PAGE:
Roofs Over Rivers


Despite all the work that went into it, this record-holding bridge stood for only three years; it was destroyed in an ice jam and never replaced. But although the inventor died in 1822, his arch bridges lived on. His boss-carpenters became contractors themselves and bridged countless lesser streams in New York, Pennsylvania, Ohio, and Indiana. Their sons and apprentices took the tried-and-true Burr arch even farther afield, using it for railroad spans in New England and highway bridges from Nova Scotia to California.

The big timbers that went into the elaborate structures of Palmer, Wernwag, and Burr took considerable manpower to put together. There was a crying need for a simple bridge that could be erected by a common carpenter’s gang. Ithiel Town, an architect from New Haven, Connecticut, filled the bill in 1820 with the patenting of his “Town lattice truss” bridge, an all-wood arrangement of planks crisscrossed like a garden fence and pinned together with big two-inch wooden pegs. Weight placed on it only tightened its framework.

Town promoted the bridge throughout the eastern states while carrying out his main work of designing churches and public buildings. The lattice truss caught on slowly, but eventually it became the favorite type of construction in New England. Town received a royalty of one dollar per foot for patent rights, and two dollars a foot if one of his sharp-eyed agents discovered a bridge erected on the plan without prior permission. New England emigrants took the Town lattice truss with them to Ohio and Michigan, and there was even one built (without a roof) over the Jordan River in Salt Lake City.

In these early years, bridge engineering was a matter of trial and error. In 1829, Colonel Stephen H. Long of the U.S. Army Topographical Engineers devised the first scientific wooden-truss bridge in America. It was essentially a series of crossed beams pinned into square frames. The Colonel called it the Jackson Bridge, in honor of the President, and built the first one as a highway overpass over the B&O Railroad outside Baltimore. It was the first railway grade-crossing separation in America.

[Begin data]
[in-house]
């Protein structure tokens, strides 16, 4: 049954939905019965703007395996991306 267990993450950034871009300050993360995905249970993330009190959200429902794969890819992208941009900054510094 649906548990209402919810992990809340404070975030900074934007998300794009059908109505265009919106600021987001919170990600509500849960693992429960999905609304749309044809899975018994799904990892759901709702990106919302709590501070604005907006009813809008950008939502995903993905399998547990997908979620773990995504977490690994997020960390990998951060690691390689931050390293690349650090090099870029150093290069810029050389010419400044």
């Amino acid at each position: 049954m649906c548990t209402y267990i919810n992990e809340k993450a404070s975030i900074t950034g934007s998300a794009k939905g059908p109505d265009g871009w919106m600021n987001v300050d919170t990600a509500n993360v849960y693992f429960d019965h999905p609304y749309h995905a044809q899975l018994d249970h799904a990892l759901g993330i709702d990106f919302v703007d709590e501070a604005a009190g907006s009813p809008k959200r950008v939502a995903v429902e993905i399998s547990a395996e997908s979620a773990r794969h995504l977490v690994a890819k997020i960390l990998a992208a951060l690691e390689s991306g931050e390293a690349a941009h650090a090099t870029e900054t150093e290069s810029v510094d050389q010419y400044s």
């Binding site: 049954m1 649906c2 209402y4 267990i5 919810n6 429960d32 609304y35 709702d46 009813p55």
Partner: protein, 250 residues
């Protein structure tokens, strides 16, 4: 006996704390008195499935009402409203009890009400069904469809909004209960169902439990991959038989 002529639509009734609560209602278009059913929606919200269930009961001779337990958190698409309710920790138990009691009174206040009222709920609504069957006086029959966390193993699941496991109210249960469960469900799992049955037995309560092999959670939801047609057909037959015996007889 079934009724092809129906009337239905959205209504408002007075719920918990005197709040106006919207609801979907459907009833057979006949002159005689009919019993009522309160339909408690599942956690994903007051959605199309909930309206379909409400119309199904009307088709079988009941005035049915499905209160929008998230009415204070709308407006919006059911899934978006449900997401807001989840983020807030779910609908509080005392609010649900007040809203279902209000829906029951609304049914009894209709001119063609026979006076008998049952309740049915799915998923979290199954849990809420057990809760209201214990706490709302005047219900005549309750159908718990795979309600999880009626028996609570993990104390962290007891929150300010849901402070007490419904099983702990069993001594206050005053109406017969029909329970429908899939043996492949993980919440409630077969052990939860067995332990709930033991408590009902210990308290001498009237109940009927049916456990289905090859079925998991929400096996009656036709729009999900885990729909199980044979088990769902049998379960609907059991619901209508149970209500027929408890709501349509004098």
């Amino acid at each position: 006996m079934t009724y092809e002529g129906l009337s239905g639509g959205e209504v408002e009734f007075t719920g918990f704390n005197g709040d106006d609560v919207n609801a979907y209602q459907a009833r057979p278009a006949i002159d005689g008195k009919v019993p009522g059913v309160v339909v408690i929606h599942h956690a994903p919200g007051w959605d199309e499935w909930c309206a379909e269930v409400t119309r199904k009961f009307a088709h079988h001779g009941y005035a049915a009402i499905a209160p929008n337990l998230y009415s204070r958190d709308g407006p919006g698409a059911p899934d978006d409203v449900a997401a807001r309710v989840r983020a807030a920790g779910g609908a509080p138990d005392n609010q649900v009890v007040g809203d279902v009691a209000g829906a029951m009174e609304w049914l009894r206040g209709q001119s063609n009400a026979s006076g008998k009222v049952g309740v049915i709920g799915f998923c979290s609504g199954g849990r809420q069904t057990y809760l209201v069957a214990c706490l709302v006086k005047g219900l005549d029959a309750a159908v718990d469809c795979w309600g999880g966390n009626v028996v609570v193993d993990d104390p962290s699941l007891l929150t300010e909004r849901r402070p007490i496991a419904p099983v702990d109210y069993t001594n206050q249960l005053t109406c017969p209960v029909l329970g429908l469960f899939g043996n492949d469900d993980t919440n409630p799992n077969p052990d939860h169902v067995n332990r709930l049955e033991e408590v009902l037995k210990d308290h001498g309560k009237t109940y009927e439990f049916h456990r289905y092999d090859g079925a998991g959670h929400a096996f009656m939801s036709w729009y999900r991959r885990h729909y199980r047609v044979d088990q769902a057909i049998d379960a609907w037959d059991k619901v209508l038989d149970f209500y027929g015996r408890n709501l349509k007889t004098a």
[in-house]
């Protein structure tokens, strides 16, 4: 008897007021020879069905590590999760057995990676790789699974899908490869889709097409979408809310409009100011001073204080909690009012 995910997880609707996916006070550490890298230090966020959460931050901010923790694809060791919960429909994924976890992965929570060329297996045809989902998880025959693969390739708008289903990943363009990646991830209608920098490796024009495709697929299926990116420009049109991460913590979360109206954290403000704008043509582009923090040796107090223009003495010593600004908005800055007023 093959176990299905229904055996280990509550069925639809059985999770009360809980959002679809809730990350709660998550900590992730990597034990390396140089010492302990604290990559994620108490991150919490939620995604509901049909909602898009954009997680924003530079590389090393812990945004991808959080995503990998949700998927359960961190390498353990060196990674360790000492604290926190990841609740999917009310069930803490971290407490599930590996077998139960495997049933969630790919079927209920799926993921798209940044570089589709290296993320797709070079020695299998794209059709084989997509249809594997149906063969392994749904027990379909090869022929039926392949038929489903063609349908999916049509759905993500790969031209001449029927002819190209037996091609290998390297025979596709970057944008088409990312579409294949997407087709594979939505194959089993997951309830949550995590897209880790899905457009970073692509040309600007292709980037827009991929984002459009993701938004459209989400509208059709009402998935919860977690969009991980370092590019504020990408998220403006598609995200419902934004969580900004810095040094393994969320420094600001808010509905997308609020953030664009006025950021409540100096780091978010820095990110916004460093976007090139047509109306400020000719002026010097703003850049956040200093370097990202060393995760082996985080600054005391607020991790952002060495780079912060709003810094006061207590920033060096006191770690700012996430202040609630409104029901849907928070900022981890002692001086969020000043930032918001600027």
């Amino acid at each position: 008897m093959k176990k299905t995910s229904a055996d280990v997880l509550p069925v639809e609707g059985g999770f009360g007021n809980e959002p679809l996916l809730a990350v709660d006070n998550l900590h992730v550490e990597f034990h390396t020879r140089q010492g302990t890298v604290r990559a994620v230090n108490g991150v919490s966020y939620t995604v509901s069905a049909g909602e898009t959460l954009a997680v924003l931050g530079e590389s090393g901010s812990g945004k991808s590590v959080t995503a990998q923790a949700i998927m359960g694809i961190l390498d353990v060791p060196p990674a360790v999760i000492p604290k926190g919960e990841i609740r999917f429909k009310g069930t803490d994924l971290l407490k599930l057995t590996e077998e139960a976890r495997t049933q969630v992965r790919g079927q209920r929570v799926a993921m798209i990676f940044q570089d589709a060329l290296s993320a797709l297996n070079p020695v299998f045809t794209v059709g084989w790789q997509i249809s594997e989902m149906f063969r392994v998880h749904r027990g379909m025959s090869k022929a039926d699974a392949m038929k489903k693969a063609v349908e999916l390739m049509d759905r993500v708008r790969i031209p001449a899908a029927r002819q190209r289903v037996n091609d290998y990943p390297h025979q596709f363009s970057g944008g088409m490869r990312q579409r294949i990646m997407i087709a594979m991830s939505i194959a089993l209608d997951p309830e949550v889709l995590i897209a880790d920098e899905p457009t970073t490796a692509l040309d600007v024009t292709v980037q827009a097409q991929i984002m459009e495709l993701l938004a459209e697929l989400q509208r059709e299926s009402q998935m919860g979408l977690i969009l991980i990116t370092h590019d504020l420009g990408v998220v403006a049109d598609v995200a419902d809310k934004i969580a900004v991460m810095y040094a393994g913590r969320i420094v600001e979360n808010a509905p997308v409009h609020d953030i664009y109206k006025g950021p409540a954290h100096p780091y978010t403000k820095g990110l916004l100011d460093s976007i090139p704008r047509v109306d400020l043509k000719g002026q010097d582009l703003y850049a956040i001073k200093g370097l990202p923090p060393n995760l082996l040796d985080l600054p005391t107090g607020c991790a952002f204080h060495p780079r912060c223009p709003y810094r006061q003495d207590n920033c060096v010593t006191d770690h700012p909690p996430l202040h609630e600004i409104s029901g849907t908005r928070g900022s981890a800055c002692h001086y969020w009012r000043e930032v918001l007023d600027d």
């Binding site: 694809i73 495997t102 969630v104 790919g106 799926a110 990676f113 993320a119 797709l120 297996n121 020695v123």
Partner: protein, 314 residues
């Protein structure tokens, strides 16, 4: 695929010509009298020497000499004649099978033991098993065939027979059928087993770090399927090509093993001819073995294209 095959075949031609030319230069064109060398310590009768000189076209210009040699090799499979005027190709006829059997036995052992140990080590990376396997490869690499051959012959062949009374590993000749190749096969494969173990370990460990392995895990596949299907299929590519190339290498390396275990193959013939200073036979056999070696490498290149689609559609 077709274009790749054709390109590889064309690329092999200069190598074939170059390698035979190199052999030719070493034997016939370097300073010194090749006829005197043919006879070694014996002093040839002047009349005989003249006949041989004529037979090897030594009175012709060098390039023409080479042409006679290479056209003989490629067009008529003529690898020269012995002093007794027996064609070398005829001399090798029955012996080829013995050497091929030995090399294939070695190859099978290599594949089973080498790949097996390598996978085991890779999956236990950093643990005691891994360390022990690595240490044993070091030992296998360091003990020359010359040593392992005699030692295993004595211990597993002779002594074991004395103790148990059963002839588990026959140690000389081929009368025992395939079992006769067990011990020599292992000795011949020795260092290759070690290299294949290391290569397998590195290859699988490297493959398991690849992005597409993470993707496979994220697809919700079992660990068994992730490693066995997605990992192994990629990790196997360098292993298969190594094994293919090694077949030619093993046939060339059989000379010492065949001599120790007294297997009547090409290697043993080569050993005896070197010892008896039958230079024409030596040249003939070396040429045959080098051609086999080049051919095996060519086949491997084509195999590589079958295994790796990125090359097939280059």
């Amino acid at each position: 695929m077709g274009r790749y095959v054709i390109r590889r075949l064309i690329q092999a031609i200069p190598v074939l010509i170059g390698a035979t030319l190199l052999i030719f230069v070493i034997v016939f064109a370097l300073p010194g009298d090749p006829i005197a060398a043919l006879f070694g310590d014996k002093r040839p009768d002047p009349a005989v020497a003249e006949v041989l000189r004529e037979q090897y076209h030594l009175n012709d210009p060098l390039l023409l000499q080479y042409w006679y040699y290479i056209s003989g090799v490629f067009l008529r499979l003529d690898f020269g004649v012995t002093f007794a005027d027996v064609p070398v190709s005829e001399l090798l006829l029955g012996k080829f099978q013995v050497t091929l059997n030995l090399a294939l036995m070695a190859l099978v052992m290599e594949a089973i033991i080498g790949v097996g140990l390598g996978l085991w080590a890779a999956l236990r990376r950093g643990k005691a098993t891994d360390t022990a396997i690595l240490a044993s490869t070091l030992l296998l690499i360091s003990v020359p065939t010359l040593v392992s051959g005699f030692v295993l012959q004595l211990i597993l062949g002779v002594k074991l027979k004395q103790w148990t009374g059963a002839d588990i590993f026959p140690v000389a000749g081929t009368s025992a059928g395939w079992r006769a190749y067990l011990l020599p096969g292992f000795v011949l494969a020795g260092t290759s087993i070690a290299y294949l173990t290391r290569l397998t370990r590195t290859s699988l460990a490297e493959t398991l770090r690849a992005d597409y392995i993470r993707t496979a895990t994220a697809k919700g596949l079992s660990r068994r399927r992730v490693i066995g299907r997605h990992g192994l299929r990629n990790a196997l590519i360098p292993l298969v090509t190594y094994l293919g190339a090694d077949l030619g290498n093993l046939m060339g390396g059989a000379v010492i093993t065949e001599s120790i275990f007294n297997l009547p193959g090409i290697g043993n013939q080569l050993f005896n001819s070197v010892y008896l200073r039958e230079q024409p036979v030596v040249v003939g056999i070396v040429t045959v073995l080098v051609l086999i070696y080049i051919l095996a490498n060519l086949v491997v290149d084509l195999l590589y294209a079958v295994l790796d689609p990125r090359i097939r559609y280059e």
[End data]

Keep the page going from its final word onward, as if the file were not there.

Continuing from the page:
Since Colonel Long, famed for his western explorations, was primarily a railway engineer, many of his bridges were built on the new rail lines of the 1830s. The first railroad drawbridges—over the Passaic and Hackensack rivers in New Jersey—followed his plans, as did the first combined railroad and highway bridge, over the Raritan River at New Brunswick, New Jersey. It is recounted that, when caught in the inky interior of the New Brunswick bridge while a train rumbled across the roof, more than one horse died of sheer fright!

Long’s bridges enjoyed a popularity of ten years, during which they vied with Ithiel Town’s lattice trusses for use by the growing rail network. The rival promoters exchanged polite notes via the newspapers, waxing eloquent in praise of their respective designs. Colonel Long, busy with army matters, finally left his share of the battle to his brother and “General Agent,” Dr. Moses Long of Warner, New Hampshire. Dr. Long, who was also the town postmaster, used his free franking privilege to blanket the East with advertising broadsides extolling the virtues of the “Long patent bridge.” Ithiel Town countered by appearing in person at bridge contract-lettings to plead the merits of his “mode,” sometimes—if the bridge were to be large or to stand in a prominent location—offering to waive his royalties.

After 1840, both the Town and the Long patent bridges were almost totally eclipsed by another design, using wooden cross-frames and iron rods and invented by William Howe of Spencer, Massachusetts. Howe came from a family of inventors: his brother Tyler devised a spring bed, and his nephew Elias achieved lasting fame for his sewing machine.

The Howe truss had a lot of the features of Long’s bridge, and the Colonel cried “infringement” long and loud, but to no avail. The basic difference was in the introduction of the iron rods and turnbuckles with which the Howe bridge could easily be trued up by tightening a few nuts. This ease of erection and maintenance made the Howe truss a special favorite of the railroads, and enabled them to span a stream quickly during the period when they were hastily laying new track in all directions. All the pieces for a wooden Howe truss bridge could be pre-cut and loaded on a brace of flat cars. Add the iron rods, plus a crew of husky Irish laborers, and the cars could be pushed out to a pair of waiting abutments at the end of the track. Twenty-four hours would usually see a 100-foot bridge in place; it could be roofed and sided while it was in service.